CCBR Business Review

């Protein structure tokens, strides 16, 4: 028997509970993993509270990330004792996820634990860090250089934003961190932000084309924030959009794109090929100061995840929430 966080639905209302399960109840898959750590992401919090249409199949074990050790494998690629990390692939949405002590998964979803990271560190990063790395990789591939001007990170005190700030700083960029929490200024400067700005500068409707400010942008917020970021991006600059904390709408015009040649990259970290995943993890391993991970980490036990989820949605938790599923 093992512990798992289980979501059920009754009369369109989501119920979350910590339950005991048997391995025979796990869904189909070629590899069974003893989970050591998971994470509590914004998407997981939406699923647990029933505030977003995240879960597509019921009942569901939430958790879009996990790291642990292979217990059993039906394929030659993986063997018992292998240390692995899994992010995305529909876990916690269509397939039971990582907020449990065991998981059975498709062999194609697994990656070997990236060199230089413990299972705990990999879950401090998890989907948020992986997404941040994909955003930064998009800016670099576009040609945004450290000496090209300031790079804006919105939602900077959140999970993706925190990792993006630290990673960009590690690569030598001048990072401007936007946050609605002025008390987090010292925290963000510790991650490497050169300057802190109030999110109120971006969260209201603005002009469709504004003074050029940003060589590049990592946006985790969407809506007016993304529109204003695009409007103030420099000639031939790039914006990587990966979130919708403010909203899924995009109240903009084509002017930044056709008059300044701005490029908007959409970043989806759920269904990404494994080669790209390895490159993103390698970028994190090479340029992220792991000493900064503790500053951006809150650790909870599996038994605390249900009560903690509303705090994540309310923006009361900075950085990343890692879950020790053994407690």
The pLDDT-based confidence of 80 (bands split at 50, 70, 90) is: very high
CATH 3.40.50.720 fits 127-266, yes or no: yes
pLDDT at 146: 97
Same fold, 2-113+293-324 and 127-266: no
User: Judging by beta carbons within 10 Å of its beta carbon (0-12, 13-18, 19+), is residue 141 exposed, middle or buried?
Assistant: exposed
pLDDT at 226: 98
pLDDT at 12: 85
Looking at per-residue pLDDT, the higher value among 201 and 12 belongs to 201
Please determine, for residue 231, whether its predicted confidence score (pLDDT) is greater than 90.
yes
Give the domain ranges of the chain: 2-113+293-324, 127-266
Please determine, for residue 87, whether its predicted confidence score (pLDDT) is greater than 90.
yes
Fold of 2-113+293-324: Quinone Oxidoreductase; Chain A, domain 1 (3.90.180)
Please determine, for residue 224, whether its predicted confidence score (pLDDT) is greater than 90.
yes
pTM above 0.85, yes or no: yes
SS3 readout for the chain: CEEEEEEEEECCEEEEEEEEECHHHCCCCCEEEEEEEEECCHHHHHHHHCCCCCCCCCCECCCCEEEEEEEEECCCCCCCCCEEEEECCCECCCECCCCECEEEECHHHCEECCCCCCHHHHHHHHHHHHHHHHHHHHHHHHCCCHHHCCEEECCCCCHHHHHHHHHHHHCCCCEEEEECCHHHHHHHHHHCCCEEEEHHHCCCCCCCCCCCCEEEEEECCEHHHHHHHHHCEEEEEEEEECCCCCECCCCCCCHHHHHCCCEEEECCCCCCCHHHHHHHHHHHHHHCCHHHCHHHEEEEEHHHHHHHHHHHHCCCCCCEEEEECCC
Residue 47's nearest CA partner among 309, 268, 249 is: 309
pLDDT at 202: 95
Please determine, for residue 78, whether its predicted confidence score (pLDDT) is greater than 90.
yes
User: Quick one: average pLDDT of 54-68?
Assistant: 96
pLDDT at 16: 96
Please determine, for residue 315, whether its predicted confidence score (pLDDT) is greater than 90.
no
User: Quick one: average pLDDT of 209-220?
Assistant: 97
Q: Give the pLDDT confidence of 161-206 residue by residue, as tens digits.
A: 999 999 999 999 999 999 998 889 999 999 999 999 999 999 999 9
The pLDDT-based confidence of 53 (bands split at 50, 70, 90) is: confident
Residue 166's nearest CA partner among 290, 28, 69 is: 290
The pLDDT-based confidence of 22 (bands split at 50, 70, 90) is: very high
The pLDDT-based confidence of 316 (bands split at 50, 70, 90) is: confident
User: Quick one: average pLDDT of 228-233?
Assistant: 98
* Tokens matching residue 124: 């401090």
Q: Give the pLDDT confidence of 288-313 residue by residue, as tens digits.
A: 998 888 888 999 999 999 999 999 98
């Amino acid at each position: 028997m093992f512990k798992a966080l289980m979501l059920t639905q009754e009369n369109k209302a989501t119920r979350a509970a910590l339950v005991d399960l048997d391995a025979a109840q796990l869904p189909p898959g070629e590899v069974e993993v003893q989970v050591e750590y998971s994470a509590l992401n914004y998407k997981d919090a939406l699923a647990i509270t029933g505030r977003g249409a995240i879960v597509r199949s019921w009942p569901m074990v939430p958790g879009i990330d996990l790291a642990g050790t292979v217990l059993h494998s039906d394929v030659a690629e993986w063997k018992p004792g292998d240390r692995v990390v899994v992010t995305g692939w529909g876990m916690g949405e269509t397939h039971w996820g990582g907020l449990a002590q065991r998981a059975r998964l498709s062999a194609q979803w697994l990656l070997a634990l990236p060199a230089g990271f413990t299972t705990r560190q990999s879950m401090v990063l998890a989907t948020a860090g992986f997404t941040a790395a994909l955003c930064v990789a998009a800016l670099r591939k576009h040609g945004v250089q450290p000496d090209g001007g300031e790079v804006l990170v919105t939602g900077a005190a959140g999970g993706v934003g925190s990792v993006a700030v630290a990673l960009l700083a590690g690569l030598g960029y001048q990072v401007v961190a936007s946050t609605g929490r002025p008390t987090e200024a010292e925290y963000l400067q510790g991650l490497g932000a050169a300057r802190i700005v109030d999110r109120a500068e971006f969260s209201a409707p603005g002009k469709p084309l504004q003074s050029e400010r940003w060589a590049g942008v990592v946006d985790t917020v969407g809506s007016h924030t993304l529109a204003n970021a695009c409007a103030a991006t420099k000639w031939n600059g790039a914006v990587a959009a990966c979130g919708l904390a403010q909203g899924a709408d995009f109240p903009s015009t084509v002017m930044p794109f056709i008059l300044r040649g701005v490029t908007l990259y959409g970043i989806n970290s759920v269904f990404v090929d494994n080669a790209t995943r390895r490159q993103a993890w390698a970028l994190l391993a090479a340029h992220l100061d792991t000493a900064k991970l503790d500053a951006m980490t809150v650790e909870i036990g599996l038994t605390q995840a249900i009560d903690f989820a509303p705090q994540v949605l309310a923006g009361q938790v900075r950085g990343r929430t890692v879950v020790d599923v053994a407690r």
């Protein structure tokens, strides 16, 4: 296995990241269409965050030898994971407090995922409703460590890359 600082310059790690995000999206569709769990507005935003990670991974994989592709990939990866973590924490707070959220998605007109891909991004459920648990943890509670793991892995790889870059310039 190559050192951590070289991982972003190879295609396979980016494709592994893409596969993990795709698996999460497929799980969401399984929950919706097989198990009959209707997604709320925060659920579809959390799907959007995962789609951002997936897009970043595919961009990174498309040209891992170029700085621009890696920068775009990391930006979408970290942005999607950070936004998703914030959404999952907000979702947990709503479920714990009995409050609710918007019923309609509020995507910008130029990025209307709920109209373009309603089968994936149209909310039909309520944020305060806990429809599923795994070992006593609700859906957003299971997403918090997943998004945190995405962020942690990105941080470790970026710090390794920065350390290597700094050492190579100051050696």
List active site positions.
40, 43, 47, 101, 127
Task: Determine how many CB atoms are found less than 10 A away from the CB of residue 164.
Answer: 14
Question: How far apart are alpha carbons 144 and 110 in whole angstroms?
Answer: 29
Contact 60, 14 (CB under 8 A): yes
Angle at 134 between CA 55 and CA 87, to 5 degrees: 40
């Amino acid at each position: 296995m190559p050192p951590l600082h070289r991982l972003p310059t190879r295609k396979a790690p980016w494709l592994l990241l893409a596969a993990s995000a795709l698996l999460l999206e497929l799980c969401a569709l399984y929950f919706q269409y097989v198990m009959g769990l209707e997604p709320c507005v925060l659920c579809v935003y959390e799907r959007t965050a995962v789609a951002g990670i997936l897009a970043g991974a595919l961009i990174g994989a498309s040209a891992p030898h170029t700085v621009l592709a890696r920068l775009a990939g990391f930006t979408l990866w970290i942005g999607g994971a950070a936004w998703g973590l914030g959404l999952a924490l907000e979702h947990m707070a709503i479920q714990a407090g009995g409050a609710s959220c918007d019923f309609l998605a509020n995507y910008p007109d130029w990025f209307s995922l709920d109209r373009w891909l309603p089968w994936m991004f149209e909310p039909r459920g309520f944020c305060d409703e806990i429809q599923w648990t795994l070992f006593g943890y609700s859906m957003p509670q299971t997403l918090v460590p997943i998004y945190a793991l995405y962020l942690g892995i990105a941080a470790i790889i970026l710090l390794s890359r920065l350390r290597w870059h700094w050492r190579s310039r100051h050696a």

21 B U S I N E S S T I P S By Troy Marchant, Director, Adviceco Chartered Accountants Inflation is a concern for small business. Levels in the USA are worrying, and while it is not as bad here in Australia, trends such as higher cost of living and increasing interest rates have us all on alert. At the time of writing this, the current inflation rate is 5.1%. Small businesses need space and opportunity to rise out of crisis control and into the growth zone. Here are some positive strategic steps… Pricing strategy A blanket price hike is rarely well received by customers, however there are some more palatable pricing strategies that will help you to recoup rising expenses. You might consider a loss leader strategy, which is when you Small business defense against inflation MIND YOUR BUSINESS identify a key product and accept running it at a loss, but cross promoting other high value products/services and overall increasing the breadth of your sale. Focus on high margin goods and services. Small scale increases in short intervals can help too, and feels less offensive than one big jump. Manage wages Many small business owners feel forced to offer high wages to attract and retain talent, and to give regular pay rises. The impact on your bottom line is significant and irreversible. However, if you take the time to know what motivates your talent, you can offer competitive packages through incentives such as flexible hours, wellbeing initiatives, professional development and more. Renegotiate supplier contracts It is possible that you have fixed your agreements with suppliers, and it is likely the arrangement was made when the environment was very different to now. It is reasonable to request a renegotiation of a contract if it means keeping the professional relationship healthy, strong and mutually beneficial. It’s no good for your supplier to lose a good customer. It is also hugely beneficial to diversify your suppliers. Too many small busibut currently has no pilot facilities for product development. As part of this commitment, Labor will invest $17.14 million to create a Food Manufacturing Hub on the Coast, which will be backed up by $34 million from industry. It will be managed by not-for-profit manufacturing network, Central Coast Industry Connect (CCIC). This will create 285 jobs, made up of 85 during construction and another 200 ongoing jobs in food product manufacturing. This project has the full support of CCIC and their partners TrendPac, Regional Development Australia, and the University of Newcastle with food manufacturers Sanitarium, Mars Food, Sara Lee, and Agrana supporting the initiative. The Food Manufacturing Innovation Hub is strategically located at Lisarow near a unique mix of local and national food and beverage manufacturers and smaller artisan food producers. The hub will be based at Lisarow and will house a purpose-built facility designed to grow local food manufacturing businesses and attract more manufacturers to the region. Boosting manufacturing on the Central Coast CONTINUED FROM PAGE 11 nesses rely heavily, if not solely, on one or two suppliers. This means the customer is at the supplier’s mercy in relation to quality, supply and price. Diversification keeps the competition for your business strong and healthy. Streamline your cash flow processes It is critical that businesses have up to the minute debt and credit information so they can make informed present and future financial decisions. At AdviceCo, we are platinum members of Xero and proficient in other systems that not only make life easier for business owners, but saves them money. If you don’t have this in place, or don’t believe you are operating it at its maximum capacity, please speak to us. The last point is to consider the human side. When announcing a price change to your customers, discussing wages with your team or a new contract with your suppliers, remember the financial pressure they’re feeling too. Go gently and be sympathetic yet honest. Financial messages are difficult to deliver, and can easily offend the receiver. It can be beneficial to get professional support before you fire anything off. If you need to arm your business against the threat of inflation and need strategic tailored advice, please contact us for a complimentary Discovery Meeting: A poisoned chalice for Labor? CONTINUED FROM PAGE 4 the reason we are seen as a safe and stable place for global investors to invest in. This is now in jeopardy. Finally, will Mr Albanese be PM for the next election or Mr Shorten. The unions must be popping champaign corks with ACTU Secretary Sally McManus cock o’ hoop. The Australian Building and Construction Commission is now on the skids as the unions take over. After all the unions and the union and ALP controlled mega superannuation funds funded this election. Does it mean much for business on the Central Coast? Well, the big issue will be whether this Labor Government understands small business. In the past its been all about big business and big unions. The Central Coast’s 24,000 small and medium sized business owners will be holding their breath. Hopefully the new government will honour its promise to fund a food manufacturing hub at Lisarow (see Page 11). For all the billions of dollars the Feds and the Berejiklian/Perrottet Government have poured into Western Sydney at the expense of other electorates, including the Central Coast, it looks like that won’t do them a jot of good come March 2023. Edgar Adams Editor CENTRAL COAST BUSINESS REVIEW JUNE 2022